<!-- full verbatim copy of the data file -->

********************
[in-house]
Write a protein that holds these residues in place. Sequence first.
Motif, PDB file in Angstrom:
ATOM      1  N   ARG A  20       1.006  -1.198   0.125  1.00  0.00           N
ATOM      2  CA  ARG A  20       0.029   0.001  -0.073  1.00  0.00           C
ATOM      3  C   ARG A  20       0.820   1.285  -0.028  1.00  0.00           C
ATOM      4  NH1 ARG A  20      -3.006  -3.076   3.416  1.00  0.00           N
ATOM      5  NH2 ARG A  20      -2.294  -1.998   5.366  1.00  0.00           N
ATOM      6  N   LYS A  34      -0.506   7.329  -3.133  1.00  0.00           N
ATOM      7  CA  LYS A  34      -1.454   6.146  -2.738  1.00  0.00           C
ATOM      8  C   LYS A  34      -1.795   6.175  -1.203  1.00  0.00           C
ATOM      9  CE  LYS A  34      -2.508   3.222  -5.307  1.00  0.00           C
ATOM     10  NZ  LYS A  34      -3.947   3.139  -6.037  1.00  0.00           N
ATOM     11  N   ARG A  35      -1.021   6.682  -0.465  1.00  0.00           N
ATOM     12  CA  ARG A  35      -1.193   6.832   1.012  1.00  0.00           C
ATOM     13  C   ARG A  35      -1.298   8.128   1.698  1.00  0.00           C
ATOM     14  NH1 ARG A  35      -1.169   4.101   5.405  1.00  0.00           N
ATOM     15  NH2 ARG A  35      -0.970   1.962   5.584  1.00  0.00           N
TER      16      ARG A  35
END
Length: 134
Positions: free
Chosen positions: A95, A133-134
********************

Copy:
[in-house]
Write a protein that holds these residues in place. Sequence first.
Motif, PDB file in Angstrom:
ATOM      1  N   ARG A  20       1.006  -1.198   0.125  1.00  0.00           N
ATOM      2  CA  ARG A  20       0.029   0.001  -0.073  1.00  0.00           C
ATOM      3  C   ARG A  20       0.820   1.285  -0.028  1.00  0.00           C
ATOM      4  NH1 ARG A  20      -3.006  -3.076   3.416  1.00  0.00           N
ATOM      5  NH2 ARG A  20      -2.294  -1.998   5.366  1.00  0.00           N
ATOM      6  N   LYS A  34      -0.506   7.329  -3.133  1.00  0.00           N
ATOM      7  CA  LYS A  34      -1.454   6.146  -2.738  1.00  0.00           C
ATOM      8  C   LYS A  34      -1.795   6.175  -1.203  1.00  0.00           C
ATOM      9  CE  LYS A  34      -2.508   3.222  -5.307  1.00  0.00           C
ATOM     10  NZ  LYS A  34      -3.947   3.139  -6.037  1.00  0.00           N
ATOM     11  N   ARG A  35      -1.021   6.682  -0.465  1.00  0.00           N
ATOM     12  CA  ARG A  35      -1.193   6.832   1.012  1.00  0.00           C
ATOM     13  C   ARG A  35      -1.298   8.128   1.698  1.00  0.00           C
ATOM     14  NH1 ARG A  35      -1.169   4.101   5.405  1.00  0.00           N
ATOM     15  NH2 ARG A  35      -0.970   1.962   5.584  1.00  0.00           N
TER      16      ARG A  35
END
Length: 134
Positions: free
Chosen positions: A95, A133-134